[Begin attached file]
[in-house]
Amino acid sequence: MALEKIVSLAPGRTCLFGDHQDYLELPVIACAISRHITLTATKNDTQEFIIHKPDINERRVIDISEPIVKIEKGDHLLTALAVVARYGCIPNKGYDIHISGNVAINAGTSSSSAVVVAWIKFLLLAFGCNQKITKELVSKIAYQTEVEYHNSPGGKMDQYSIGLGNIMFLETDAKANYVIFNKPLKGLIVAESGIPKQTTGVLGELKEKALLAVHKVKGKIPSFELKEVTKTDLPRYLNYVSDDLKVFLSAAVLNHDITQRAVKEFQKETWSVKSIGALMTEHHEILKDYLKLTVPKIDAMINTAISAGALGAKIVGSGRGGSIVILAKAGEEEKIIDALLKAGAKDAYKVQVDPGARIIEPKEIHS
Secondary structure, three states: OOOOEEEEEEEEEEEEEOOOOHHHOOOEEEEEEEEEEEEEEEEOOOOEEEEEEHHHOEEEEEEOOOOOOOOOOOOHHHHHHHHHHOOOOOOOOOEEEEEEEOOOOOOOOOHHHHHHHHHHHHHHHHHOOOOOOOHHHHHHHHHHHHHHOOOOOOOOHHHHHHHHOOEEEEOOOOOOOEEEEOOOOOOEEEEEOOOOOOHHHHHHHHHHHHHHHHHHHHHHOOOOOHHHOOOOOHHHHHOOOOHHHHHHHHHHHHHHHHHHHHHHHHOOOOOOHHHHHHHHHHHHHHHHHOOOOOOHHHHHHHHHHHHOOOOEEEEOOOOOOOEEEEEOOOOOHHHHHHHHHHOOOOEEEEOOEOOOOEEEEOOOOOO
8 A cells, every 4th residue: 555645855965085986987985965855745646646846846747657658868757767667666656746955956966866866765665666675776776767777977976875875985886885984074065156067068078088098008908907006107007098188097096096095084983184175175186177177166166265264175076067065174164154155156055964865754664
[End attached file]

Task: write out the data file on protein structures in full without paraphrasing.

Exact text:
[in-house]
Amino acid sequence: MALEKIVSLAPGRTCLFGDHQDYLELPVIACAISRHITLTATKNDTQEFIIHKPDINERRVIDISEPIVKIEKGDHLLTALAVVARYGCIPNKGYDIHISGNVAINAGTSSSSAVVVAWIKFLLLAFGCNQKITKELVSKIAYQTEVEYHNSPGGKMDQYSIGLGNIMFLETDAKANYVIFNKPLKGLIVAESGIPKQTTGVLGELKEKALLAVHKVKGKIPSFELKEVTKTDLPRYLNYVSDDLKVFLSAAVLNHDITQRAVKEFQKETWSVKSIGALMTEHHEILKDYLKLTVPKIDAMINTAISAGALGAKIVGSGRGGSIVILAKAGEEEKIIDALLKAGAKDAYKVQVDPGARIIEPKEIHS
Secondary structure, three states: OOOOEEEEEEEEEEEEEOOOOHHHOOOEEEEEEEEEEEEEEEEOOOOEEEEEEHHHOEEEEEEOOOOOOOOOOOOHHHHHHHHHHOOOOOOOOOEEEEEEEOOOOOOOOOHHHHHHHHHHHHHHHHHOOOOOOOHHHHHHHHHHHHHHOOOOOOOOHHHHHHHHOOEEEEOOOOOOOEEEEOOOOOOEEEEEOOOOOOHHHHHHHHHHHHHHHHHHHHHHOOOOOHHHOOOOOHHHHHOOOOHHHHHHHHHHHHHHHHHHHHHHHHOOOOOOHHHHHHHHHHHHHHHHHOOOOOOHHHHHHHHHHHHOOOOEEEEOOOOOOOEEEEEOOOOOHHHHHHHHHHOOOOEEEEOOEOOOOEEEEOOOOOO
8 A cells, every 4th residue: 555645855965085986987985965855745646646846846747657658868757767667666656746955956966866866765665666675776776767777977976875875985886885984074065156067068078088098008908907006107007098188097096096095084983184175175186177177166166265264175076067065174164154155156055964865754664